What Year In The History Of An Advanced Economy Is Like India Today?
India has been stepping out from poverty into middle income. It is estimated that the proportion of persons below the PPP$1.90 poverty line has dropped to an estimated 87 million in 2020. In thinking about India's journey, it is interesting to ask: In the historical journey of advanced economies, What year in the history of the United States or United Kingdom roughly corresponds to India of 2021? This is a good way to obtain intuition on where India is, in the development journey.
Gross domestic product measurement is a daunting enterprise. GDP measurement is particularly weak when it concerns the deep past of the U.K. or the U.S., or the Indian present. Measuring asset ownership such as cars and other assets can induce valuable insights. For many products (e.g. cars, washing machines, mobile phones, denim) we should look at the extent to which the product has reached into the households of the country. In this article, we ask:
This is connected with the question "How big is the Indian middle class?" when we apply certain thumb rules such as "to own a car is to be middle class".
While these are fascinating questions, such comparisons have to be undertaken with care. When the highways are weak or when the public transport is strong, households will find cars less attractive. Closer to the equator, cooling technologies will be more appealing. And, most important, technological progress across the years has resulted in a sharp decline in the prices of many of these assets, through the wonders of mass production of assets like cars, and through Moore's law for CPUs.
In the interpretation of asset ownership information, we should maintain a distinction between causes and consequences. The causes are the factors such as household prosperity or climate or cost reduction, which shape the decision of household purchase. The consequences are about how a given household asset reshapes the welfare and culture of the household. The consequences appear more similar across space and time. As an example, the impact of personal transportation upon an individual is similar across countries and decades, regardless of the decline in the real price of an automobile and the expansion of household income.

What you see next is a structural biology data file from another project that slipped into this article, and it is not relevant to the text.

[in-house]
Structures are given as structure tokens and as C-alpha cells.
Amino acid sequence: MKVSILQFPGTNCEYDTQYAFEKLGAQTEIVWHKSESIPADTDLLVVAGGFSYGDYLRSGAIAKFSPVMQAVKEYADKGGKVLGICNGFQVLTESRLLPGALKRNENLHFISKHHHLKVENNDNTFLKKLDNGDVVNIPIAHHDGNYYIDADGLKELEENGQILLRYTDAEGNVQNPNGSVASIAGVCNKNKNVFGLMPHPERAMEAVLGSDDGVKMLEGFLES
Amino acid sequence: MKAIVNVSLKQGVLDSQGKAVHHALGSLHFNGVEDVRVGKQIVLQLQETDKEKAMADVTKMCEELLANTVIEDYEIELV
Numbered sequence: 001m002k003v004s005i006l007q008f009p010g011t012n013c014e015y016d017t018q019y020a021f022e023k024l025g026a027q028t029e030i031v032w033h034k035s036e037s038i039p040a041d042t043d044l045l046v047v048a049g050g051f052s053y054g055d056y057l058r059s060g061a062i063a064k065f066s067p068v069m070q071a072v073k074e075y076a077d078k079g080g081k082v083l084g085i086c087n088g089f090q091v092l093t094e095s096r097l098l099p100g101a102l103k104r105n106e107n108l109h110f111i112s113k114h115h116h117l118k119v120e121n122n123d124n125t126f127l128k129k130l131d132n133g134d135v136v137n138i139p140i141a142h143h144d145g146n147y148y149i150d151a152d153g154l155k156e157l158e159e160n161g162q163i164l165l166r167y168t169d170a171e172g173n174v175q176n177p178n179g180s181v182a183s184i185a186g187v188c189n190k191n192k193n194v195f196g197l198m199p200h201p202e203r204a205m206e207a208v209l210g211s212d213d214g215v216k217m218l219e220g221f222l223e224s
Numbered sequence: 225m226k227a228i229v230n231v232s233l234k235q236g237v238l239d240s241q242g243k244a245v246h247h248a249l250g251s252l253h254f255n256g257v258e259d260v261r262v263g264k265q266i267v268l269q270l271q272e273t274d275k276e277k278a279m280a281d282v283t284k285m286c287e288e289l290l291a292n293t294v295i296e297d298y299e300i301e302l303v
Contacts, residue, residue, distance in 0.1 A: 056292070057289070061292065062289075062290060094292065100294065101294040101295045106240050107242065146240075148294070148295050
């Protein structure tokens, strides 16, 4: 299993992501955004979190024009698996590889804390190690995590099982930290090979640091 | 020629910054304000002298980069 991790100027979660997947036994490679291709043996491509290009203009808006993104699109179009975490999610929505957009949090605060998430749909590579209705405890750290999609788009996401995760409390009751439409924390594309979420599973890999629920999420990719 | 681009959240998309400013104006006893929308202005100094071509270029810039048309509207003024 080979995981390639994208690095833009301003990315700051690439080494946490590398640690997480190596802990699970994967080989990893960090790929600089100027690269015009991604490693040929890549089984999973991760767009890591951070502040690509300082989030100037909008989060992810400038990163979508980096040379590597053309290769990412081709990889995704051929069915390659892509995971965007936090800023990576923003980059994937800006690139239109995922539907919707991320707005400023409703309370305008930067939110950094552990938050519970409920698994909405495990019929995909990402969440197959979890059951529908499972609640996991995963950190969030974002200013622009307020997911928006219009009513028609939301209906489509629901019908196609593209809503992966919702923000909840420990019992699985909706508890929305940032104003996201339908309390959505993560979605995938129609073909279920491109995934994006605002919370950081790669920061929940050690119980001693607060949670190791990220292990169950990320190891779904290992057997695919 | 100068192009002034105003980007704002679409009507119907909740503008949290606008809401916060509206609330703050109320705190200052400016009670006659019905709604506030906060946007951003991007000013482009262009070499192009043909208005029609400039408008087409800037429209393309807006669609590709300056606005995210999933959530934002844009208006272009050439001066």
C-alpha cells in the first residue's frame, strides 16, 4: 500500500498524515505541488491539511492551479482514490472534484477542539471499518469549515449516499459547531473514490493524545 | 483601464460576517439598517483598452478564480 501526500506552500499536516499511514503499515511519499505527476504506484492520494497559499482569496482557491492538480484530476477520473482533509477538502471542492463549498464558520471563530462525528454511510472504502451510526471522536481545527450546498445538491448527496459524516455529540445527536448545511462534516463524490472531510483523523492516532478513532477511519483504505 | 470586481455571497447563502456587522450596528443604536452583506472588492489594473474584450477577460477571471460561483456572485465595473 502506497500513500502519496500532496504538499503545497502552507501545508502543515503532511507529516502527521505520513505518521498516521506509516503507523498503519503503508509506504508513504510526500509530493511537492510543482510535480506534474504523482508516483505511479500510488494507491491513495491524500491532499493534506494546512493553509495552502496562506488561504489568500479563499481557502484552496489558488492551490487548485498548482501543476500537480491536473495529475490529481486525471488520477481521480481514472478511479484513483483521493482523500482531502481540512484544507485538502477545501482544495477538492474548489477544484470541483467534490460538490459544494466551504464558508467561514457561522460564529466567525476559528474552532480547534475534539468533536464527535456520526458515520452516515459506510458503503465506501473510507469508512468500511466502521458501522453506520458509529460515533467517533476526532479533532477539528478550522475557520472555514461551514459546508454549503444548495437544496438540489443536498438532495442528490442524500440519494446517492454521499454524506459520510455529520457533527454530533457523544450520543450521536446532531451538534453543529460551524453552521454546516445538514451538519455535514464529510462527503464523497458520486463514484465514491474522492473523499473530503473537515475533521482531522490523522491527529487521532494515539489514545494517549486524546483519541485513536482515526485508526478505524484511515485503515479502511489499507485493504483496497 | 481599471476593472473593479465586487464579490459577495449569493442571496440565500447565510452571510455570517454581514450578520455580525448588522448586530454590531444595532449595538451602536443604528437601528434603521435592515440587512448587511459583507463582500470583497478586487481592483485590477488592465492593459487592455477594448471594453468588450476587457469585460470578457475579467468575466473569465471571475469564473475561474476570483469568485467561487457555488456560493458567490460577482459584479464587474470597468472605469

GDP measurement is faulty, and asset ownership measures across space and time are clouded by differences in the climate and by technological progress. No one element of this article is the single truth. We should assemble an overall picture in our minds, pooling all these aspects of the truth.
Per Capita GDP
In 2020, per capita GDP in India (in PPP terms at 2011 prices), is $6,806. Looking back into the history of the U.S..and the U.K., we get the dates:
This places India of today as being roughly like these advanced economies at the dawn of the 20th century. By this measure, India is about 120 years behind the U.S. or the U.K. in terms of economic development.
Women's Labour Force Participation
Looking back into U.S. history, the first measurement of women's LFP seems to be in 1890 and it shows a value of 18.2% (Smith & Ward, 1985). The women's LFP in India for 2020-21 is measured by CMIE at 9.2%. By this measure, India is at a state of maturity which is older than 1890 for the U.S.
We use data from the September-December, 2019 Consumer Pyramids Household Survey to measure asset ownership in India. For each asset, we compute the fraction of households which own a stated asset.
In India today, 6% of households have a car. This value was obtained in the U.S. in 1915.
The Ford Model T was introduced in 1908. Thus, the productivity gains associated with modern manufacturing have been in play for over a century before we get to the India of today. It was harder for a U.S. household in 1915 to buy a car, as cars were then more expensive. Our measure (1915) is an over-estimate on account of improvements in mass production.
There are about 300 million households in India, so the installed base of cars used by households is about 18 million.
Demand for refrigerators and air conditioners in the U.S. is likely to be lower than what we see in India owing to the climate. And, there have been great advances by way of cost reduction of refrigerators.